Marshlands Inn Gingersnap Cookies – a molasses cookie with personality

Servings: 60 serving(s)

Prep time: 15 minutes

Total time: 75 minutes

Cooking time: 60 minutes

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Marshlands Inn gingersnaps

Gingersnaps cookies are meant to snap.

That’s how they got their name. It’s what gives them a pleasing crunch and makes them great for dipping in tea and hot chocolate.

 

Some of the best gingersnap recipes are really old, from the days when baked goods were less sweet and sweet treats in general (on the East Coast anyway) had a simple beauty. 

Marshlands Inn gingersnaps

When I was growing up my mom and dad spent many years carting my older siblings back and forth to Mount Alison University in Sackville, New Brunswick. Sometimes they’d need to stay overnight so would book into the Marshlands Inn, a storied bed and breakfast that was known for its gracious hospitality and food. In particular it was the Marshlands gingersnaps that became famous in our house. Mom said that in the evenings they were always treated to crispy-thin gingersnaps and hot cocoa in the library.

 

Marshlands Inn Gingersnaps

Marshlands gingersnaps are ice-box cookies, meaning you mix them up, roll them into logs and leave them in the fridge or freezer until you’re ready to bake them. They’re the ultimate in convenience food — when you’re craving cookies you just slice and bake.

 

Marshlands Inn Gingersnap Recipe

Makes about 5 dozen cookies (makes a half batch of the original recipe)

 Ingredients:

  • 1/2 cup butter, melted (the original recipe called for chicken fat)
  • 1/4 cup sugar
  • 3/4 cup molasses
  • 2 1/2 cups flour (just enough to make a soft dough that will hold its shape)
  • 1 heaping tsp baking soda
  • 1/4 tsp salt
  • 1 heaping tsp ginger

Instructions:

  1. Add sugar to the melted butter. Stir in molasses.
  2. Sift flour, baking soda, salt and ginger into the wet ingredients.
  3. Blend into a soft but not sticky dough. Shape into a log, wrap and chill for a few hours.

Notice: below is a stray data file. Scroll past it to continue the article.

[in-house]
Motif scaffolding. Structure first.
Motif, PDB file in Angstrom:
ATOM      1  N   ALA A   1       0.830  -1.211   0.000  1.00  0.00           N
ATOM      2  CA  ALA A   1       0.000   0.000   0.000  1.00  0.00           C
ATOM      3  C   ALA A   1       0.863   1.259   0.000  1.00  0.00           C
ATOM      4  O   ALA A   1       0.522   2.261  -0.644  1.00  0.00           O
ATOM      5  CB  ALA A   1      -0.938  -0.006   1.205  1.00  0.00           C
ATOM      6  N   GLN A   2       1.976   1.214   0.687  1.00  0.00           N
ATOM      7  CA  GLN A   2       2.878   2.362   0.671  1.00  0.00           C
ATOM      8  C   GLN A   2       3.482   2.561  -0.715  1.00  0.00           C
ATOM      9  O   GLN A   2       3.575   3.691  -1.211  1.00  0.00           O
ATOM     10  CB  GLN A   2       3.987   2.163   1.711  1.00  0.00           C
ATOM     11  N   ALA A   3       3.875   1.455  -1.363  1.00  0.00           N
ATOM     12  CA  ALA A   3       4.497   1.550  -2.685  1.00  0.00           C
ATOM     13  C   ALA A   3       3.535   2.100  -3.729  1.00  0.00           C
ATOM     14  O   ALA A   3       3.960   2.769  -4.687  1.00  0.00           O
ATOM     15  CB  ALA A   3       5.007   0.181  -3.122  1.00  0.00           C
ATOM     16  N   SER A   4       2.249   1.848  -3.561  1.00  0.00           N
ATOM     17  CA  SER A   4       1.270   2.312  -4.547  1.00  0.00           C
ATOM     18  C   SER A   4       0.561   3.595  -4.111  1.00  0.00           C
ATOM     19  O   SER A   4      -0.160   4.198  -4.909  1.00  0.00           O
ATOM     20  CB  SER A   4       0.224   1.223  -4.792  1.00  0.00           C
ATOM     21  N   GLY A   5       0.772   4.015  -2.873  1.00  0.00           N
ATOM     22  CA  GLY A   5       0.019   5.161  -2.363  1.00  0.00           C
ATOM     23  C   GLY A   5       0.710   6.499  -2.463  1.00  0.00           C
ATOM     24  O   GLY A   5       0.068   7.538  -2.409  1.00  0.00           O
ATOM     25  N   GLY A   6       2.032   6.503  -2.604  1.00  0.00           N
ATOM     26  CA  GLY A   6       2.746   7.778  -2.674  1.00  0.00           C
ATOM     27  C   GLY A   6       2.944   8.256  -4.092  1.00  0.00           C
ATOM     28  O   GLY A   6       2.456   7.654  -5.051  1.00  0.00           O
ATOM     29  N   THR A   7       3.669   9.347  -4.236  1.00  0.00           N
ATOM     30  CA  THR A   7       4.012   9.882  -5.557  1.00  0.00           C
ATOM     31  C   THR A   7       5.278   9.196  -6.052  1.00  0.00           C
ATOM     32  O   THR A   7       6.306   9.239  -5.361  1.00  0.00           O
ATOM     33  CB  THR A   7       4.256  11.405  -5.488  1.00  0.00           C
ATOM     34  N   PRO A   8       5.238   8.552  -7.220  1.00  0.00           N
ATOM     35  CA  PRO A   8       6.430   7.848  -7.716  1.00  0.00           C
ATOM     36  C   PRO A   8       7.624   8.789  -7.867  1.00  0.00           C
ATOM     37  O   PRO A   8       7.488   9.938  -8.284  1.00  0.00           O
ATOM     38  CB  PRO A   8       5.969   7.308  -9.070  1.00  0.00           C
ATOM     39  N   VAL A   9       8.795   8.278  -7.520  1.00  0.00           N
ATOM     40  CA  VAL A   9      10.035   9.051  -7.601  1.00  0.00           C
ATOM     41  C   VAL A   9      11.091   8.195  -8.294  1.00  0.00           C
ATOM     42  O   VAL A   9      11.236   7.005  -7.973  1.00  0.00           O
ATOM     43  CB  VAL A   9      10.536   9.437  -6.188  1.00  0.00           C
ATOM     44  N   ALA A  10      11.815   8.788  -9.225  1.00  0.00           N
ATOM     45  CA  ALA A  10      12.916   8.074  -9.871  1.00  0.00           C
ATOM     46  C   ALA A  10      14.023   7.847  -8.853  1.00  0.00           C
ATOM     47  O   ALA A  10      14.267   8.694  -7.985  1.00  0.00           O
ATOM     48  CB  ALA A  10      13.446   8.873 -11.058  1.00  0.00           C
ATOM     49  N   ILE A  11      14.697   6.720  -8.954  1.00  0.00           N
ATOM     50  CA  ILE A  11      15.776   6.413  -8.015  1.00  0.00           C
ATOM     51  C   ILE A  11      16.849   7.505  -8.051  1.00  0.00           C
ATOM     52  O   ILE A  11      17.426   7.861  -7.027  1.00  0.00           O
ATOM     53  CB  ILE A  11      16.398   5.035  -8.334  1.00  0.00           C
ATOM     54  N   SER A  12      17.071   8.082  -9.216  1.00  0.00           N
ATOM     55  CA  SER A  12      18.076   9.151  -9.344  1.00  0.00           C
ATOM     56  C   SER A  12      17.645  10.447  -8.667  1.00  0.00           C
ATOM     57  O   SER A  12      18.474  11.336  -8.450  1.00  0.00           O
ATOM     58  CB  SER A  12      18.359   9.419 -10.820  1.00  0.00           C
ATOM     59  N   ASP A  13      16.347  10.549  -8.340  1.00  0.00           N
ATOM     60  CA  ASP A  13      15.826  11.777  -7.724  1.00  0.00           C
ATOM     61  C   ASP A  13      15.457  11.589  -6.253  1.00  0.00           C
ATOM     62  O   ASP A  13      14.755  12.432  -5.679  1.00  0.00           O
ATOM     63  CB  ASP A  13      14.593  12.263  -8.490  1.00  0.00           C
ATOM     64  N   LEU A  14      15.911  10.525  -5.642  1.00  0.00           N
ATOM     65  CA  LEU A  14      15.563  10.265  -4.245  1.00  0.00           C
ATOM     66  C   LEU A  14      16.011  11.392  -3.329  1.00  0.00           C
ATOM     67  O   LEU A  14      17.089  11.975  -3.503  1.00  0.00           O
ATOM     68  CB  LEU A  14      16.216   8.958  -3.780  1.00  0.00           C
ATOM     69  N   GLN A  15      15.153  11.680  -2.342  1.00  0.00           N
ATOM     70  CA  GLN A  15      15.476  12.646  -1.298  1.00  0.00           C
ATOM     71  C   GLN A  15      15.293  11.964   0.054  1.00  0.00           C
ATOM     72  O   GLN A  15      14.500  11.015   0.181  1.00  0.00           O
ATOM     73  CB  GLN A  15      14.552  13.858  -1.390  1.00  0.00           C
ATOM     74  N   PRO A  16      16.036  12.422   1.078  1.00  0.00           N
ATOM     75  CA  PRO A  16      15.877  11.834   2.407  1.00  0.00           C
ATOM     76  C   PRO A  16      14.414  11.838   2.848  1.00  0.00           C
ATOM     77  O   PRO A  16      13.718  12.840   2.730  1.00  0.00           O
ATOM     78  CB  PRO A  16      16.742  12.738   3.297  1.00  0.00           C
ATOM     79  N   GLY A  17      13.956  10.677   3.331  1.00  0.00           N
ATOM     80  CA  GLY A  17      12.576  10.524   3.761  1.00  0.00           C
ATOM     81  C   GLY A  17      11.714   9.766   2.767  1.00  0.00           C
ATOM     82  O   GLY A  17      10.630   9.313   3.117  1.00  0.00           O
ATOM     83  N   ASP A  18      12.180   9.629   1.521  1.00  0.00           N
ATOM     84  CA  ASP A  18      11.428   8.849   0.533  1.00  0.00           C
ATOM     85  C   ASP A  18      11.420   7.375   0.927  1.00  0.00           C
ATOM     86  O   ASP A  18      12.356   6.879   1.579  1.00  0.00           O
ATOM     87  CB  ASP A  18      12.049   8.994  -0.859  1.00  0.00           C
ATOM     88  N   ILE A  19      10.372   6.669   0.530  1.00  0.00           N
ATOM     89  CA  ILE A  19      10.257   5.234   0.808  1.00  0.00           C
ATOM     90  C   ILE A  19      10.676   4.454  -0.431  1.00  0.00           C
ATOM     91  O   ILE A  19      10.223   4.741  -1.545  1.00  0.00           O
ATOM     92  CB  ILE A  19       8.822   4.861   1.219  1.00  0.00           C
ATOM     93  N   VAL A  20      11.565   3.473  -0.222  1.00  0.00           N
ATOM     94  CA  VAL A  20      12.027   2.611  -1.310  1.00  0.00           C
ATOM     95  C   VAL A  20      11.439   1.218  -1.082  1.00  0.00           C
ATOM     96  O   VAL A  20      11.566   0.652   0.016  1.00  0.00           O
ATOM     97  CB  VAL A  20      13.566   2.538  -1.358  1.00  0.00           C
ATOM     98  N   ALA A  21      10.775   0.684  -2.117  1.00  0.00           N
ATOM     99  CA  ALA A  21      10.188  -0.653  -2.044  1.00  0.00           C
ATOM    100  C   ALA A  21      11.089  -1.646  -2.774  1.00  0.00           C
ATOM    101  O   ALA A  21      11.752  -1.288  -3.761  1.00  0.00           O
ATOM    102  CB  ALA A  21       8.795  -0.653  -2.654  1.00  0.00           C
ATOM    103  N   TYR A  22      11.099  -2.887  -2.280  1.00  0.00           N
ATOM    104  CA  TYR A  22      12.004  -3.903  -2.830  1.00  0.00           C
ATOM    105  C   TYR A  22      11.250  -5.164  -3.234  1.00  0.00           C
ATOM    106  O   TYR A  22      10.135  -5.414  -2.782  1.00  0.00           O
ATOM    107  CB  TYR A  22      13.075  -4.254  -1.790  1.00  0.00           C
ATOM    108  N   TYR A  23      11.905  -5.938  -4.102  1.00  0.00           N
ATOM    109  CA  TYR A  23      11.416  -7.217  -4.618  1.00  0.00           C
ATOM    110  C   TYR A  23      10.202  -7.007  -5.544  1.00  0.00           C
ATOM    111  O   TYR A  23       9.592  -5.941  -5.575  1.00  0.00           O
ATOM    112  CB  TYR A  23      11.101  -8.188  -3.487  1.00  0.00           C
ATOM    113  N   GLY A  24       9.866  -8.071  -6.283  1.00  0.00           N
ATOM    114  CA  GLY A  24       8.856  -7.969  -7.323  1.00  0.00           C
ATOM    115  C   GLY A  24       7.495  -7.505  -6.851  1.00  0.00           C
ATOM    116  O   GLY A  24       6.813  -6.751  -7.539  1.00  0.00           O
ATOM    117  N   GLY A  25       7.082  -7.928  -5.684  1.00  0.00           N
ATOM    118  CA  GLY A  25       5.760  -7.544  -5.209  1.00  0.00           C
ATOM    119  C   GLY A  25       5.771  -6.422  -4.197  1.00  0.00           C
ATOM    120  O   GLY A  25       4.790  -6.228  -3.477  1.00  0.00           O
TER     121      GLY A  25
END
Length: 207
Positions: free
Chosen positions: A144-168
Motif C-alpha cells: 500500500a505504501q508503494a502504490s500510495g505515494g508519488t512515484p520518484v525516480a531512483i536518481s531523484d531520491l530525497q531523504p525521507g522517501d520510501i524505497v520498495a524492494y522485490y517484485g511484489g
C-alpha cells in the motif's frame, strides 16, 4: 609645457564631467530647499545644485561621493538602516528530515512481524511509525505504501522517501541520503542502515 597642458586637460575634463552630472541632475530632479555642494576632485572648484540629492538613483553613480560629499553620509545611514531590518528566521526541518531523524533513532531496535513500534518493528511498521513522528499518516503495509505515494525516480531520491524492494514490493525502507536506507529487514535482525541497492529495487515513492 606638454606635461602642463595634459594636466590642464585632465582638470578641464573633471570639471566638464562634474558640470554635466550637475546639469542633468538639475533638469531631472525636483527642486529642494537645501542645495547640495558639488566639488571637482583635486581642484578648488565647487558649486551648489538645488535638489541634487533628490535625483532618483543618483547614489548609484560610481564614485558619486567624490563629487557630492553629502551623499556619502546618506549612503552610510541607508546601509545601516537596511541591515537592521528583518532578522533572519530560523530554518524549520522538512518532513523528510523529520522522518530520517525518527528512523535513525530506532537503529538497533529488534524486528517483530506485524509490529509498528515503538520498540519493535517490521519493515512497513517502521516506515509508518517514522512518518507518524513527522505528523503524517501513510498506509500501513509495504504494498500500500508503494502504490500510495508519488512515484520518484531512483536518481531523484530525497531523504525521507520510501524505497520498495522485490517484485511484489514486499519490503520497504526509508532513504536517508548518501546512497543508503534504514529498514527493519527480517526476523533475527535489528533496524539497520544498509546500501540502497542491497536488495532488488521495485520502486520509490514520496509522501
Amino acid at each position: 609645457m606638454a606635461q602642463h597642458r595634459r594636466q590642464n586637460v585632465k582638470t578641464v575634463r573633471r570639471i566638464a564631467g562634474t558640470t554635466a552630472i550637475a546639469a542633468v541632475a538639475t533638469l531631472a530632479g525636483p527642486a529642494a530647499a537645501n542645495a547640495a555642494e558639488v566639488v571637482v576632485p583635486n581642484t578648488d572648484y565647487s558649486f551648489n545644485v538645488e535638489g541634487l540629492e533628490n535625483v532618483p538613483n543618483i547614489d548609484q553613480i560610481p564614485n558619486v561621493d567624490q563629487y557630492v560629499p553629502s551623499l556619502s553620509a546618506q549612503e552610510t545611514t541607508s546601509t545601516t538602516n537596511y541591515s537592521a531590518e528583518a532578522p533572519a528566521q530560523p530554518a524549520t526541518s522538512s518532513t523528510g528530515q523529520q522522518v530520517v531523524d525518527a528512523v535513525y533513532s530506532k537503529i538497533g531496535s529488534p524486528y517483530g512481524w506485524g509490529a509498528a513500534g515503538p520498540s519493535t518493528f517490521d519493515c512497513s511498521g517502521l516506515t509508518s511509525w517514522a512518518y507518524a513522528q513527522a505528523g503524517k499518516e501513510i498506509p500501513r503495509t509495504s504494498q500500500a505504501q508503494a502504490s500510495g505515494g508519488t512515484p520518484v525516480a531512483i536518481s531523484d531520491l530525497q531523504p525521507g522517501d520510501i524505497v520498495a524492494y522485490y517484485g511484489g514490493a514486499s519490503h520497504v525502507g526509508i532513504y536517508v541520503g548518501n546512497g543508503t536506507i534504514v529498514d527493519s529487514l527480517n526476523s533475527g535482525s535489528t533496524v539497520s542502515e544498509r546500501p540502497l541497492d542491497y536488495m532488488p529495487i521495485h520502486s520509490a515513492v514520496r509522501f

4. When ready to bake, preheat oven to 350 F, slice as thin as possible, place on a parchment-lined baking sheet and bake 8-10 minutes.

Watch closely so the edges don’t brown too much.

If you love cookies that snap! try our Classic Gingersnap Cookies or our Chocolate Gingersnaps

choc gingersnapsGingersnap cookie stacks

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7 thoughts on “Marshlands Inn Gingersnap Cookies – a molasses cookie with personality

  1. Dale Marks says:

    I tryed this recipe and I realy love them.My mom made these when I was a littel boy and I am so glad that you have this recipe.I did not know how to make them.I will enjoy them for ever.Thank you psPleas excouse my spelling.

    1. Hi Dale, I’m so pleased that you found the gingersnap recipe. It’s always a great discovery when you find a childhood favourite.

  2. Nancy says:

    What size is the roll / log of the cookie dough? Just wondering how to roll. Thanks!

    1. Hi Nancy, I made my rolls about 12″ long. It really comes down to how large you want your cookies. So a shorter roll makes a bigger cookie, but I suspect you already figured that out.

      1. Nancy says:

        LOL! I did Bridget! I made these and they are so goooooood! A cup of tea and a couple or twelve ;) of these cookies makes for a great break! I gave some away and wanted some for Christmas but they were literally gone before the big day! And so easy to make! Love this site, the recipes and the fact that I grew up with Crosby’s and how good everything is that I have tried. I literally look through the recipes to decide what I am going to make next. I’ve also been sharing the site with all my family and friends and on facebook. Thanks for keeping it so interesting! :D
        Happy New Year!

  3. Roberta says:

    Hi Nancy…My Mother and her relatives lived in Sackville and this was one of my Moms recipes she made for us so now it is my sons favourite cookie as well along with the other grandchildren! thanks for sharing!
    Sackville is a beautiful area for sure!

    1. Bridget Oland says:

      Hi Roberta, I was so happy to receive your message. I have been hoping for replies from people with a connection to that recipe. I have a couple of other Marshlands Inn recipes that I’ll share this year (and oatmeal brown bread recipe).

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